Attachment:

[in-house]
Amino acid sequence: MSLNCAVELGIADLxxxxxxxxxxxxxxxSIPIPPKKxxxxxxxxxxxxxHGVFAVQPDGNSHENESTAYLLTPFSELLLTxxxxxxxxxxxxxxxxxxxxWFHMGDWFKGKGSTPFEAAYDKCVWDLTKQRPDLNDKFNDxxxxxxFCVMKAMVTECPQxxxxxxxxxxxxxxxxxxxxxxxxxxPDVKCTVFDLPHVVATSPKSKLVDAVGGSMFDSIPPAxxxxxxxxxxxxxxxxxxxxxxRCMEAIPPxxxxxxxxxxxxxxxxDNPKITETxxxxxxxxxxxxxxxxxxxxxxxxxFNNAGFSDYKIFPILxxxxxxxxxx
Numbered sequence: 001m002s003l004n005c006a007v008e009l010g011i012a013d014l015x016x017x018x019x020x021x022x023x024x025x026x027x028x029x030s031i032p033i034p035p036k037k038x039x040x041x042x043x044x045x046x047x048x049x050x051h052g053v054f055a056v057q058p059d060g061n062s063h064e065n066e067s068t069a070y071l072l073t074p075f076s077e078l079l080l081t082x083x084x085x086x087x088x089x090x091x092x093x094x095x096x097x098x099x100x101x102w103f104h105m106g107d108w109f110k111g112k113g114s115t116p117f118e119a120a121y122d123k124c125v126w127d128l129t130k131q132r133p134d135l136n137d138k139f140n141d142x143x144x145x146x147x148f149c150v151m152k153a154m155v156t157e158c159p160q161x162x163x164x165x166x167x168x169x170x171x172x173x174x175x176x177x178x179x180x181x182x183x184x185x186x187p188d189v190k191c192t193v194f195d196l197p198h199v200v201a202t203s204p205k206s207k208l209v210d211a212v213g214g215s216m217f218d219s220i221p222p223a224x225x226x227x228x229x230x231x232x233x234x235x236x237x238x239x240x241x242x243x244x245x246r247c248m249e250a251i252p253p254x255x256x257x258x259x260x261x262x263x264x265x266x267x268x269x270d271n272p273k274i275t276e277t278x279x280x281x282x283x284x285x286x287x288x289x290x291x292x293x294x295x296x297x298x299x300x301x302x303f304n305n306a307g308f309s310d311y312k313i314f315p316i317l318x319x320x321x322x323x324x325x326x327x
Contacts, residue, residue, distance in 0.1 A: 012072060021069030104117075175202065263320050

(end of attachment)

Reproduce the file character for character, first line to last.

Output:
[in-house]
Amino acid sequence: MSLNCAVELGIADLxxxxxxxxxxxxxxxSIPIPPKKxxxxxxxxxxxxxHGVFAVQPDGNSHENESTAYLLTPFSELLLTxxxxxxxxxxxxxxxxxxxxWFHMGDWFKGKGSTPFEAAYDKCVWDLTKQRPDLNDKFNDxxxxxxFCVMKAMVTECPQxxxxxxxxxxxxxxxxxxxxxxxxxxPDVKCTVFDLPHVVATSPKSKLVDAVGGSMFDSIPPAxxxxxxxxxxxxxxxxxxxxxxRCMEAIPPxxxxxxxxxxxxxxxxDNPKITETxxxxxxxxxxxxxxxxxxxxxxxxxFNNAGFSDYKIFPILxxxxxxxxxx
Numbered sequence: 001m002s003l004n005c006a007v008e009l010g011i012a013d014l015x016x017x018x019x020x021x022x023x024x025x026x027x028x029x030s031i032p033i034p035p036k037k038x039x040x041x042x043x044x045x046x047x048x049x050x051h052g053v054f055a056v057q058p059d060g061n062s063h064e065n066e067s068t069a070y071l072l073t074p075f076s077e078l079l080l081t082x083x084x085x086x087x088x089x090x091x092x093x094x095x096x097x098x099x100x101x102w103f104h105m106g107d108w109f110k111g112k113g114s115t116p117f118e119a120a121y122d123k124c125v126w127d128l129t130k131q132r133p134d135l136n137d138k139f140n141d142x143x144x145x146x147x148f149c150v151m152k153a154m155v156t157e158c159p160q161x162x163x164x165x166x167x168x169x170x171x172x173x174x175x176x177x178x179x180x181x182x183x184x185x186x187p188d189v190k191c192t193v194f195d196l197p198h199v200v201a202t203s204p205k206s207k208l209v210d211a212v213g214g215s216m217f218d219s220i221p222p223a224x225x226x227x228x229x230x231x232x233x234x235x236x237x238x239x240x241x242x243x244x245x246r247c248m249e250a251i252p253p254x255x256x257x258x259x260x261x262x263x264x265x266x267x268x269x270d271n272p273k274i275t276e277t278x279x280x281x282x283x284x285x286x287x288x289x290x291x292x293x294x295x296x297x298x299x300x301x302x303f304n305n306a307g308f309s310d311y312k313i314f315p316i317l318x319x320x321x322x323x324x325x326x327x
Contacts, residue, residue, distance in 0.1 A: 012072060021069030104117075175202065263320050